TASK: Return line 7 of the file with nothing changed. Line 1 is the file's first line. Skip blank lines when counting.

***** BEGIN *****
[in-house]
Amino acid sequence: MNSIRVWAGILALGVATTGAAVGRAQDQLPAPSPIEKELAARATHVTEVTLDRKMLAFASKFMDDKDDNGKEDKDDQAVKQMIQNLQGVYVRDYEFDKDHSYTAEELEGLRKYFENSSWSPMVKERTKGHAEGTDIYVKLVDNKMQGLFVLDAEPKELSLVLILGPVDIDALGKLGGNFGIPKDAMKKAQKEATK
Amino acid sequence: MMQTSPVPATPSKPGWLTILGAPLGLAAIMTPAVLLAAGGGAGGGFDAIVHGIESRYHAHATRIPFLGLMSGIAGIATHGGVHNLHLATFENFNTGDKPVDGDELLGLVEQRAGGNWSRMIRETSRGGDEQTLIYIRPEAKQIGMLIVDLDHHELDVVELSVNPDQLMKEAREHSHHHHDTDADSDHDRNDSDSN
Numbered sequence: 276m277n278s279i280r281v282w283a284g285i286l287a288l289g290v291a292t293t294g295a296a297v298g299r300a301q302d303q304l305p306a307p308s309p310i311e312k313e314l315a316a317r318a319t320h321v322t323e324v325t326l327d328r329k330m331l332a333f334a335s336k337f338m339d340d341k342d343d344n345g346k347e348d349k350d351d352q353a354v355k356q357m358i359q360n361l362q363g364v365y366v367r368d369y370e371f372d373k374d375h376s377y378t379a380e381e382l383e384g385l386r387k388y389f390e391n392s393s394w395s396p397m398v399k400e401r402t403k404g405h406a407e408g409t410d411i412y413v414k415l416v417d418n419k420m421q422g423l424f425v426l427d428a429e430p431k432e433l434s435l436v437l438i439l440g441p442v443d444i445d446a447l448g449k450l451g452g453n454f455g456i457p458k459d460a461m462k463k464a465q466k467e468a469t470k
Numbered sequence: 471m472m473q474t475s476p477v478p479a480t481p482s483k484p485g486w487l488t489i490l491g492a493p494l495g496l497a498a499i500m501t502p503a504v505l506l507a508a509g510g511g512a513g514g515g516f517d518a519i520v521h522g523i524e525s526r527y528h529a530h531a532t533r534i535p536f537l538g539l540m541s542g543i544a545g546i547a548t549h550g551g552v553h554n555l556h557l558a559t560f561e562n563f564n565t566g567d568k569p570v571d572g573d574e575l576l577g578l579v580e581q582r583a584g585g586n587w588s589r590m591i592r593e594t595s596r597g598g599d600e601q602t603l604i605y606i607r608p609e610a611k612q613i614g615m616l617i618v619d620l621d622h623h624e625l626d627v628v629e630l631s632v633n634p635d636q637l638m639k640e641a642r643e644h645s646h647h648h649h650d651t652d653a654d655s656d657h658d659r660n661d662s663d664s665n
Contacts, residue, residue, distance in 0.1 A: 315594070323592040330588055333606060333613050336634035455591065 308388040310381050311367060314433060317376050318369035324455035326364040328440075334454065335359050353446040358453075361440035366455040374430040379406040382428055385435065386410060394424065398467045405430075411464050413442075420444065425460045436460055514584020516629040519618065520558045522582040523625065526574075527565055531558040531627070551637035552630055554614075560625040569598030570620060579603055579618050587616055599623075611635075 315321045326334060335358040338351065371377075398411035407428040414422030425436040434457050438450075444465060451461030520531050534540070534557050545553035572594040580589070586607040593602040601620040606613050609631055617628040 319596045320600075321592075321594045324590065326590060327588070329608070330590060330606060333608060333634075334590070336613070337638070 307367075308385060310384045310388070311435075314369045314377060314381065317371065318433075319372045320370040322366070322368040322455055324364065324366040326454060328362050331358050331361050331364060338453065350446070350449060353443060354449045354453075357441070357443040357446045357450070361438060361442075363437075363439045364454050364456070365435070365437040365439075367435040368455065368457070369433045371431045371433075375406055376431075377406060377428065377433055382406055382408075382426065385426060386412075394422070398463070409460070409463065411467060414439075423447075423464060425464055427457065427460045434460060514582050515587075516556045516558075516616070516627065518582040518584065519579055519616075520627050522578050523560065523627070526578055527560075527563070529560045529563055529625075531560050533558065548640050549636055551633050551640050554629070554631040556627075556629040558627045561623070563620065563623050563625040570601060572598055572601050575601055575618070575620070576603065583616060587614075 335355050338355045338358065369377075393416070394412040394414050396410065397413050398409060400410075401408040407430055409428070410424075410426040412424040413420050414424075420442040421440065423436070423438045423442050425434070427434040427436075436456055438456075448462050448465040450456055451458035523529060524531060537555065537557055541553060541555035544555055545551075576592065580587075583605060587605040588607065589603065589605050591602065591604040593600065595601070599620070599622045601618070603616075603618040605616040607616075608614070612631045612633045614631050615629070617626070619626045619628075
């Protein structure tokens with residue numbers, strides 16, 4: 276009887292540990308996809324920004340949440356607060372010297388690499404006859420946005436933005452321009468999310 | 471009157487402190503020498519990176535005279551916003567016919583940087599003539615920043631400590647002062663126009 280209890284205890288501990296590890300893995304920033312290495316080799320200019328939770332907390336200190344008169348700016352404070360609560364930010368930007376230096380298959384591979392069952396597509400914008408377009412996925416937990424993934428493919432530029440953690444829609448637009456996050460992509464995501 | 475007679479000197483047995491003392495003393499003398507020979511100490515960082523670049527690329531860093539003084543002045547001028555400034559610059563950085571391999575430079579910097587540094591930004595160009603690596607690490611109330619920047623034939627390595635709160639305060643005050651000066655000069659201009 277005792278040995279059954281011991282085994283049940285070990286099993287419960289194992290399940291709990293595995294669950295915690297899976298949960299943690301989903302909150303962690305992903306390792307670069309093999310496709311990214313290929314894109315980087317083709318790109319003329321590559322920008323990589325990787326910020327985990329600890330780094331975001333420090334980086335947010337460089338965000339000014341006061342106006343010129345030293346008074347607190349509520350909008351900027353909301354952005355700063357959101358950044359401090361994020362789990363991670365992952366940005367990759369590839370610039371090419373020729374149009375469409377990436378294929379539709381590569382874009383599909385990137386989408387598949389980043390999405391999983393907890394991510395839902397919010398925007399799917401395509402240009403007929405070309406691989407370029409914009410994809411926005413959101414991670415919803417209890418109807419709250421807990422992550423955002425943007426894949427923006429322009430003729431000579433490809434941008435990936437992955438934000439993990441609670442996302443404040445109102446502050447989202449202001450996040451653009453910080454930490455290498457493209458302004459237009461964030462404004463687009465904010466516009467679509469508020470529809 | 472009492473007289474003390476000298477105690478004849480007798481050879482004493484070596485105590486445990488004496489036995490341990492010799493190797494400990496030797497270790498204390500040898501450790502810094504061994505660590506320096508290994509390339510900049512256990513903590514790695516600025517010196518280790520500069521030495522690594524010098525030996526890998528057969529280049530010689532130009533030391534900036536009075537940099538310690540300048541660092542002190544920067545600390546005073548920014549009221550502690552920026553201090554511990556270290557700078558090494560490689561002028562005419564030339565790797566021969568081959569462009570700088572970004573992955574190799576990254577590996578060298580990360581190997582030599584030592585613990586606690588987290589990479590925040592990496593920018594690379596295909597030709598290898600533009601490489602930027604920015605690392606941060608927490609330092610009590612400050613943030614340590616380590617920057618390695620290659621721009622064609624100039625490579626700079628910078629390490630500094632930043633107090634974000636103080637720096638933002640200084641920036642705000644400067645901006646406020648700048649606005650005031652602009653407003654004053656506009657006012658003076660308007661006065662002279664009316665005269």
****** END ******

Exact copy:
């Protein structure tokens with residue numbers, strides 16, 4: 276009887292540990308996809324920004340949440356607060372010297388690499404006859420946005436933005452321009468999310 | 471009157487402190503020498519990176535005279551916003567016919583940087599003539615920043631400590647002062663126009 280209890284205890288501990296590890300893995304920033312290495316080799320200019328939770332907390336200190344008169348700016352404070360609560364930010368930007376230096380298959384591979392069952396597509400914008408377009412996925416937990424993934428493919432530029440953690444829609448637009456996050460992509464995501 | 475007679479000197483047995491003392495003393499003398507020979511100490515960082523670049527690329531860093539003084543002045547001028555400034559610059563950085571391999575430079579910097587540094591930004595160009603690596607690490611109330619920047623034939627390595635709160639305060643005050651000066655000069659201009 277005792278040995279059954281011991282085994283049940285070990286099993287419960289194992290399940291709990293595995294669950295915690297899976298949960299943690301989903302909150303962690305992903306390792307670069309093999310496709311990214313290929314894109315980087317083709318790109319003329321590559322920008323990589325990787326910020327985990329600890330780094331975001333420090334980086335947010337460089338965000339000014341006061342106006343010129345030293346008074347607190349509520350909008351900027353909301354952005355700063357959101358950044359401090361994020362789990363991670365992952366940005367990759369590839370610039371090419373020729374149009375469409377990436378294929379539709381590569382874009383599909385990137386989408387598949389980043390999405391999983393907890394991510395839902397919010398925007399799917401395509402240009403007929405070309406691989407370029409914009410994809411926005413959101414991670415919803417209890418109807419709250421807990422992550423955002425943007426894949427923006429322009430003729431000579433490809434941008435990936437992955438934000439993990441609670442996302443404040445109102446502050447989202449202001450996040451653009453910080454930490455290498457493209458302004459237009461964030462404004463687009465904010466516009467679509469508020470529809 | 472009492473007289474003390476000298477105690478004849480007798481050879482004493484070596485105590486445990488004496489036995490341990492010799493190797494400990496030797497270790498204390500040898501450790502810094504061994505660590506320096508290994509390339510900049512256990513903590514790695516600025517010196518280790520500069521030495522690594524010098525030996526890998528057969529280049530010689532130009533030391534900036536009075537940099538310690540300048541660092542002190544920067545600390546005073548920014549009221550502690552920026553201090554511990556270290557700078558090494560490689561002028562005419564030339565790797566021969568081959569462009570700088572970004573992955574190799576990254577590996578060298580990360581190997582030599584030592585613990586606690588987290589990479590925040592990496593920018594690379596295909597030709598290898600533009601490489602930027604920015605690392606941060608927490609330092610009590612400050613943030614340590616380590617920057618390695620290659621721009622064609624100039625490579626700079628910078629390490630500094632930043633107090634974000636103080637720096638933002640200084641920036642705000644400067645901006646406020648700048649606005650005031652602009653407003654004053656506009657006012658003076660308007661006065662002279664009316665005269």